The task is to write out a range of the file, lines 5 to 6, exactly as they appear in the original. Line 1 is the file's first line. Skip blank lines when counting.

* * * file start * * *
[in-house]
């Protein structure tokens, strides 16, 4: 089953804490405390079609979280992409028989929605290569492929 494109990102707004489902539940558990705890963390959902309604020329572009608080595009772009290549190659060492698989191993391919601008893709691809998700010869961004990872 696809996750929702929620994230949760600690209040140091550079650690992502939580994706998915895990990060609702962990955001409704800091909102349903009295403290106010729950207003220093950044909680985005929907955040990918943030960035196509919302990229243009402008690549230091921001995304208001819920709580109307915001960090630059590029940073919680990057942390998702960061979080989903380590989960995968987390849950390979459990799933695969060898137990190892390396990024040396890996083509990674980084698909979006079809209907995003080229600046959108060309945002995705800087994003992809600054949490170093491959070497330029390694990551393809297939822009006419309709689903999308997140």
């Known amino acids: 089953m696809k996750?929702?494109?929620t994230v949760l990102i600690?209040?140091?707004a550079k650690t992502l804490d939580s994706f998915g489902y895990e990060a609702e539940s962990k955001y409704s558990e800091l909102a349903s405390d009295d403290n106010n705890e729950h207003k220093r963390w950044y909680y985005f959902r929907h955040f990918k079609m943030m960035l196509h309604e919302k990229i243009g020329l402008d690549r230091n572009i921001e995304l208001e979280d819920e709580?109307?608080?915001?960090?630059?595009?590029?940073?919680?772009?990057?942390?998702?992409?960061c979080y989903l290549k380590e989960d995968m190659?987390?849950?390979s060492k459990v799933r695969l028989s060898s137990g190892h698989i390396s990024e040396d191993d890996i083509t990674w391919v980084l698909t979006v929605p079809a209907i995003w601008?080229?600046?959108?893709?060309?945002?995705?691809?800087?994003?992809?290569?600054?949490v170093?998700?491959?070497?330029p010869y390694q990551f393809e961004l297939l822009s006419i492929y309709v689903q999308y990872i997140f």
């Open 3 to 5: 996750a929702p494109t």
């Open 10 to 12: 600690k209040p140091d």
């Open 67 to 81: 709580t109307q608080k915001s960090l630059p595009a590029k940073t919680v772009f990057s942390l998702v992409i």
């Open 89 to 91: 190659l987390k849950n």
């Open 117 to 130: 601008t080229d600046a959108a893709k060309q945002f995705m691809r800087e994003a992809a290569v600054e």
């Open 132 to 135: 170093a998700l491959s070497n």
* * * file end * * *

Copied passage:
């Open 10 to 12: 600690k209040p140091d």
């Open 67 to 81: 709580t109307q608080k915001s960090l630059p595009a590029k940073t919680v772009f990057s942390l998702v992409i």